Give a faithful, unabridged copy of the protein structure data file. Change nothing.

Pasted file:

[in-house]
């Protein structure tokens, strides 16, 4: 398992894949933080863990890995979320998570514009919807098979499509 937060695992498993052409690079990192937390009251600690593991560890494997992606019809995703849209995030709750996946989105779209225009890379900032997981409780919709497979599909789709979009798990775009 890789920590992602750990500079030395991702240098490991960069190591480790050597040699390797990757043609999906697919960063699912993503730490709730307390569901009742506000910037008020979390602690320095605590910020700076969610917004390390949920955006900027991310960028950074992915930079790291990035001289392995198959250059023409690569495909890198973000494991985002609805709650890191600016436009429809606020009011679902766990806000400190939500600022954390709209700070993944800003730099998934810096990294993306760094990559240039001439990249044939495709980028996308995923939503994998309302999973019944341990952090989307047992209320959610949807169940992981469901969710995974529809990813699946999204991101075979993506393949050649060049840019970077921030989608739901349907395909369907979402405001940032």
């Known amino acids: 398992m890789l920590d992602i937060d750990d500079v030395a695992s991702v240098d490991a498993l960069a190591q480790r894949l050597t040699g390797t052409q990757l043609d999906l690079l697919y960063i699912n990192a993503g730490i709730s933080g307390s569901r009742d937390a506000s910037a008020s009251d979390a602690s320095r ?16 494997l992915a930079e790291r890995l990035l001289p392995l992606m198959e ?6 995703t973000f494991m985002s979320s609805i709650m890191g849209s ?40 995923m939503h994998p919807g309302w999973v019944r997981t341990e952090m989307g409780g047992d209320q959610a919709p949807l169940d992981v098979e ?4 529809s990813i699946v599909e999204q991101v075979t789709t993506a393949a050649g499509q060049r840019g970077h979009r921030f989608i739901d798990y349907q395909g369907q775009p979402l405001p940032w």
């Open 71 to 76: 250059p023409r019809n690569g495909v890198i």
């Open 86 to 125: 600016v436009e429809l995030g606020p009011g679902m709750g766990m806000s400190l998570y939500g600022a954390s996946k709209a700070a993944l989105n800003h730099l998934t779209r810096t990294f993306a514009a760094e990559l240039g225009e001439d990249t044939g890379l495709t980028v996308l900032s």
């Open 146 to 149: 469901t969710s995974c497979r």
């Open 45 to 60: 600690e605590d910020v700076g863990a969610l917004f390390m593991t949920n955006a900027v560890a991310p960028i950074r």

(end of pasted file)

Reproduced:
[in-house]
């Protein structure tokens, strides 16, 4: 398992894949933080863990890995979320998570514009919807098979499509 937060695992498993052409690079990192937390009251600690593991560890494997992606019809995703849209995030709750996946989105779209225009890379900032997981409780919709497979599909789709979009798990775009 890789920590992602750990500079030395991702240098490991960069190591480790050597040699390797990757043609999906697919960063699912993503730490709730307390569901009742506000910037008020979390602690320095605590910020700076969610917004390390949920955006900027991310960028950074992915930079790291990035001289392995198959250059023409690569495909890198973000494991985002609805709650890191600016436009429809606020009011679902766990806000400190939500600022954390709209700070993944800003730099998934810096990294993306760094990559240039001439990249044939495709980028996308995923939503994998309302999973019944341990952090989307047992209320959610949807169940992981469901969710995974529809990813699946999204991101075979993506393949050649060049840019970077921030989608739901349907395909369907979402405001940032």
């Known amino acids: 398992m890789l920590d992602i937060d750990d500079v030395a695992s991702v240098d490991a498993l960069a190591q480790r894949l050597t040699g390797t052409q990757l043609d999906l690079l697919y960063i699912n990192a993503g730490i709730s933080g307390s569901r009742d937390a506000s910037a008020s009251d979390a602690s320095r ?16 494997l992915a930079e790291r890995l990035l001289p392995l992606m198959e ?6 995703t973000f494991m985002s979320s609805i709650m890191g849209s ?40 995923m939503h994998p919807g309302w999973v019944r997981t341990e952090m989307g409780g047992d209320q959610a919709p949807l169940d992981v098979e ?4 529809s990813i699946v599909e999204q991101v075979t789709t993506a393949a050649g499509q060049r840019g970077h979009r921030f989608i739901d798990y349907q395909g369907q775009p979402l405001p940032w």
């Open 71 to 76: 250059p023409r019809n690569g495909v890198i």
């Open 86 to 125: 600016v436009e429809l995030g606020p009011g679902m709750g766990m806000s400190l998570y939500g600022a954390s996946k709209a700070a993944l989105n800003h730099l998934t779209r810096t990294f993306a514009a760094e990559l240039g225009e001439d990249t044939g890379l495709t980028v996308l900032s």
């Open 146 to 149: 469901t969710s995974c497979r």
């Open 45 to 60: 600690e605590d910020v700076g863990a969610l917004f390390m593991t949920n955006a900027v560890a991310p960028i950074r």